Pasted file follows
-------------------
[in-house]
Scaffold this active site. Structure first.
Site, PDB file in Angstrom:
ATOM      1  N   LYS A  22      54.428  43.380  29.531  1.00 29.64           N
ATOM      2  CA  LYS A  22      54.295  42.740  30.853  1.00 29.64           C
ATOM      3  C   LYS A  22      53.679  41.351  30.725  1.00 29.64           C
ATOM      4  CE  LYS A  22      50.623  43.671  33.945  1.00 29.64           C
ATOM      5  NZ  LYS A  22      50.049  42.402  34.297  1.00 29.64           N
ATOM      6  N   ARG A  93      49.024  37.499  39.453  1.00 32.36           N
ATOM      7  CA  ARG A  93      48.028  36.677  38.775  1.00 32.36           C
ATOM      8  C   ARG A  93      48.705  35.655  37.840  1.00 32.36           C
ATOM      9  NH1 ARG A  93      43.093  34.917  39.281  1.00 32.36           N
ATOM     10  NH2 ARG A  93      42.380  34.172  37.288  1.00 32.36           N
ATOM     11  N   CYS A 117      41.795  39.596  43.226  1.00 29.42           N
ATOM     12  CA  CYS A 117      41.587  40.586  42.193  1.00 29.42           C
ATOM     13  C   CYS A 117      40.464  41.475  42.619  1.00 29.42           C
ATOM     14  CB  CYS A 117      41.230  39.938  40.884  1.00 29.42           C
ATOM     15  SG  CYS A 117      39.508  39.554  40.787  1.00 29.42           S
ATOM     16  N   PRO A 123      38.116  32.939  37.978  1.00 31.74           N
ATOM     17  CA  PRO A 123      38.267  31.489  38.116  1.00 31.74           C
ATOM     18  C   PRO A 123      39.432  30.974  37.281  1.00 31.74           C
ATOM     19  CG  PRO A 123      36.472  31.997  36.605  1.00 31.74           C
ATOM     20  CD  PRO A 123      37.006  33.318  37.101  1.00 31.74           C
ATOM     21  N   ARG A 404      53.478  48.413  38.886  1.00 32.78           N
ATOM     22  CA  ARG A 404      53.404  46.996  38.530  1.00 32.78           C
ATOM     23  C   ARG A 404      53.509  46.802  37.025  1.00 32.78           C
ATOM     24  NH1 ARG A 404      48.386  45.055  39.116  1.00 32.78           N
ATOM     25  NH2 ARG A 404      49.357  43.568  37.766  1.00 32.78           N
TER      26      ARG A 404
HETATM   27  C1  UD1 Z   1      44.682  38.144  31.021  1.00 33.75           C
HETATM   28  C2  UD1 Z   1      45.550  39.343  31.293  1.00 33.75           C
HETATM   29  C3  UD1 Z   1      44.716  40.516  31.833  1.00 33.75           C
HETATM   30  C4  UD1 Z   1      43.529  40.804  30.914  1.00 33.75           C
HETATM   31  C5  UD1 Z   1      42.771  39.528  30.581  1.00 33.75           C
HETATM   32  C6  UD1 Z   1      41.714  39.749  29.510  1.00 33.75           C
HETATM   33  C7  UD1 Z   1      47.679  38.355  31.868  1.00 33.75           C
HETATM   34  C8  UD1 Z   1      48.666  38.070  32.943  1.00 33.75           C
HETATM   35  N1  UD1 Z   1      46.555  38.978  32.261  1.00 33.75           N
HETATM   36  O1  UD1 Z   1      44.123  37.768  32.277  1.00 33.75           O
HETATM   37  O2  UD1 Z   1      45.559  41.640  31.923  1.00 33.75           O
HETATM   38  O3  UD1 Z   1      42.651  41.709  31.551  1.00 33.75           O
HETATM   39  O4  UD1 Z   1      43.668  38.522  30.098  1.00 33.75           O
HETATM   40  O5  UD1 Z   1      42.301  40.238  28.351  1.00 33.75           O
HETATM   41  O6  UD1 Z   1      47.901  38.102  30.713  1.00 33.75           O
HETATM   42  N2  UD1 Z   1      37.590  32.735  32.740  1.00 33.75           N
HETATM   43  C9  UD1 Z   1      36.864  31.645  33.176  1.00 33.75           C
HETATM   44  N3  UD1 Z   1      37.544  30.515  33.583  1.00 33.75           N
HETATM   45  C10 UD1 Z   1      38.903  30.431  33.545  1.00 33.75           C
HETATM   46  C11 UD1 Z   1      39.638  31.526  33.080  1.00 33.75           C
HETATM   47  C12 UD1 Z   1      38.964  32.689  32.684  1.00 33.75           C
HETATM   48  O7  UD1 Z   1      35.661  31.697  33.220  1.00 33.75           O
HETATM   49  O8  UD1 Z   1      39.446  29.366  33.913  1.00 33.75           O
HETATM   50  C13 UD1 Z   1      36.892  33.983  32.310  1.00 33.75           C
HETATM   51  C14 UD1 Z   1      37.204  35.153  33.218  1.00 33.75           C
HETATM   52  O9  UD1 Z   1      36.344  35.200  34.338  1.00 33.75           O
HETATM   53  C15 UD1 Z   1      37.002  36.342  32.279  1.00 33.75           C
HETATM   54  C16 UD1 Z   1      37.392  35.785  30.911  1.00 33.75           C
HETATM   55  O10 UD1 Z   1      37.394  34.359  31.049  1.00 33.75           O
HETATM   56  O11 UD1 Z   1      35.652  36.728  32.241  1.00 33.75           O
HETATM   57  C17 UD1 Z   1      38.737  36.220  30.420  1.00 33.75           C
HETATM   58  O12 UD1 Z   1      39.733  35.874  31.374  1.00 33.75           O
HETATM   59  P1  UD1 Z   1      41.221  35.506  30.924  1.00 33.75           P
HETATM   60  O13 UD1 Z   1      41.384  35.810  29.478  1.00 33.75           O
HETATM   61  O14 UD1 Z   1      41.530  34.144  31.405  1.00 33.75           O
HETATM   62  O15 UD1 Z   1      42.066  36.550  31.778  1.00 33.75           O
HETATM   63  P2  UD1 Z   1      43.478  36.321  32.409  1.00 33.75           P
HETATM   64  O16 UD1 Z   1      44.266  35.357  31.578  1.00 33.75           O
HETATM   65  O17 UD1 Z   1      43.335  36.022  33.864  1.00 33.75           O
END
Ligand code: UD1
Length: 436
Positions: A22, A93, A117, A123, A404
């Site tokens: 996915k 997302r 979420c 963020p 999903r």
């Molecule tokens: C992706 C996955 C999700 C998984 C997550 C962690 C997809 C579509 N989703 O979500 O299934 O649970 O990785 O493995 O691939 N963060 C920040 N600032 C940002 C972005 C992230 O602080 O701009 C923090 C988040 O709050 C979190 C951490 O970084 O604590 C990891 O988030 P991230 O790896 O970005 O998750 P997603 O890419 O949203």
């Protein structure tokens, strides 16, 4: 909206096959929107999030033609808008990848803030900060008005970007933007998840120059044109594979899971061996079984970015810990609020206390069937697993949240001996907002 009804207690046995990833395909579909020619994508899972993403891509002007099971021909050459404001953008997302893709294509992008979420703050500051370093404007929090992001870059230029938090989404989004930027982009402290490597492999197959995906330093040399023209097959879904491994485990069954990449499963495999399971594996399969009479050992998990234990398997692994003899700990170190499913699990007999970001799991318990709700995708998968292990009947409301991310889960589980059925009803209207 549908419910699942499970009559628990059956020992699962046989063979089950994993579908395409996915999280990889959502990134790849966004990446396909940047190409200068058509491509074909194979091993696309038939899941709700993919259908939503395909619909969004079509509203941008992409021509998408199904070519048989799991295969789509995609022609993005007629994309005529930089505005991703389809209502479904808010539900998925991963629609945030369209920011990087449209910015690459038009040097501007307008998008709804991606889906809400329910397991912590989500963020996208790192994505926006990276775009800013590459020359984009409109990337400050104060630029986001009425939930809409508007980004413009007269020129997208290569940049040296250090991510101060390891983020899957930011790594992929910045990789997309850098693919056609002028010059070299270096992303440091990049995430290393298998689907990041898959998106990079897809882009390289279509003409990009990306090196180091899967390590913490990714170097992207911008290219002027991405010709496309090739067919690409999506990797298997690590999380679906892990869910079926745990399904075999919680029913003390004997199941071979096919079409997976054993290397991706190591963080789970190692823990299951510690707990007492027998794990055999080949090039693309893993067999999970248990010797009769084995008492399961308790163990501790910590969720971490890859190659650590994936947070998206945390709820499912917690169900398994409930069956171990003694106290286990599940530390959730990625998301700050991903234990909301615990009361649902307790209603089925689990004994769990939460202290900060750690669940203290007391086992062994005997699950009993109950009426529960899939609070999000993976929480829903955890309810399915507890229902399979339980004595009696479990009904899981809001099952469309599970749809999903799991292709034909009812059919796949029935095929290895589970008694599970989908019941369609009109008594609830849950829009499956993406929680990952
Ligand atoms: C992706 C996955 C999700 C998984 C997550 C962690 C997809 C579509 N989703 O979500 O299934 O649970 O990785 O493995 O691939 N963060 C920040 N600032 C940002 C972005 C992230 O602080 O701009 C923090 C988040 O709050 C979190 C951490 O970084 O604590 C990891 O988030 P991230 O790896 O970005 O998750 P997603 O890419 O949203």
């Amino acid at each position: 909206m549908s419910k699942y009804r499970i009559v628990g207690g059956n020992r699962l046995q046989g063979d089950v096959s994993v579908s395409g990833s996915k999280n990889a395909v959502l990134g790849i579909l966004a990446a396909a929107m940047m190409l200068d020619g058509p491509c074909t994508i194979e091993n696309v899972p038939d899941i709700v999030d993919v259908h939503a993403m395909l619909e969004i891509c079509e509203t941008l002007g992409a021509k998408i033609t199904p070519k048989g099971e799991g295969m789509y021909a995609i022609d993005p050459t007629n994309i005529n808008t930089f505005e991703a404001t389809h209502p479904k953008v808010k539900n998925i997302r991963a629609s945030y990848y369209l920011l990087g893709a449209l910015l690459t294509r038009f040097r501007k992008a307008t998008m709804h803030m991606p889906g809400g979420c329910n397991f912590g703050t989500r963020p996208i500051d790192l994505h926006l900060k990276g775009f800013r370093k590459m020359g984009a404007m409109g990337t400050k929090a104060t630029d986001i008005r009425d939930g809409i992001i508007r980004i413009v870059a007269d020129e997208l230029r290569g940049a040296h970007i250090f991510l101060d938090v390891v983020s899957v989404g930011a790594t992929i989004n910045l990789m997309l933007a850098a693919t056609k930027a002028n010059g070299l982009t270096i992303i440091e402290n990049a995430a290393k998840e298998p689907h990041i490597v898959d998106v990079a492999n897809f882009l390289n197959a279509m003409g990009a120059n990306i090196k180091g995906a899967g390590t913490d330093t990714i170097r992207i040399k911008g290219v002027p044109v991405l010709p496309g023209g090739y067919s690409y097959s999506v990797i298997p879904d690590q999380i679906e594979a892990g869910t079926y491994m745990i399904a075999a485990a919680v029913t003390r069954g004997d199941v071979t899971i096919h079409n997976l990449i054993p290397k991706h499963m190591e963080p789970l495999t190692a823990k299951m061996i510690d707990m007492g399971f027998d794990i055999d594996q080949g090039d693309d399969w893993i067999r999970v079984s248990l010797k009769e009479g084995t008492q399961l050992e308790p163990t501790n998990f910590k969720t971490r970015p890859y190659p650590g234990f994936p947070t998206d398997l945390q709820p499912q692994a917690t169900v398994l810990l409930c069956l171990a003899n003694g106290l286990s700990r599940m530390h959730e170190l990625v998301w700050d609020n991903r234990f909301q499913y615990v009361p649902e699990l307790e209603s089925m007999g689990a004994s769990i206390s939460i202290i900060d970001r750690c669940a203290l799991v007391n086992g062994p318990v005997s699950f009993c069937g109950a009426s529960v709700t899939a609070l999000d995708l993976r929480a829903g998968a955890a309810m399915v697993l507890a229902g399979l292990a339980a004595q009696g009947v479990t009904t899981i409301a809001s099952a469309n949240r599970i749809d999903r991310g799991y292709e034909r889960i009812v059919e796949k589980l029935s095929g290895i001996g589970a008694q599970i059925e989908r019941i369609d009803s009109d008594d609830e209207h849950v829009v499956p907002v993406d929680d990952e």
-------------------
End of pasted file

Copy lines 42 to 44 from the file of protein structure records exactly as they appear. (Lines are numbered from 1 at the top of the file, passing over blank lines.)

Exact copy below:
HETATM   39  O4  UD1 Z   1      43.668  38.522  30.098  1.00 33.75           O
HETATM   40  O5  UD1 Z   1      42.301  40.238  28.351  1.00 33.75           O
HETATM   41  O6  UD1 Z   1      47.901  38.102  30.713  1.00 33.75           O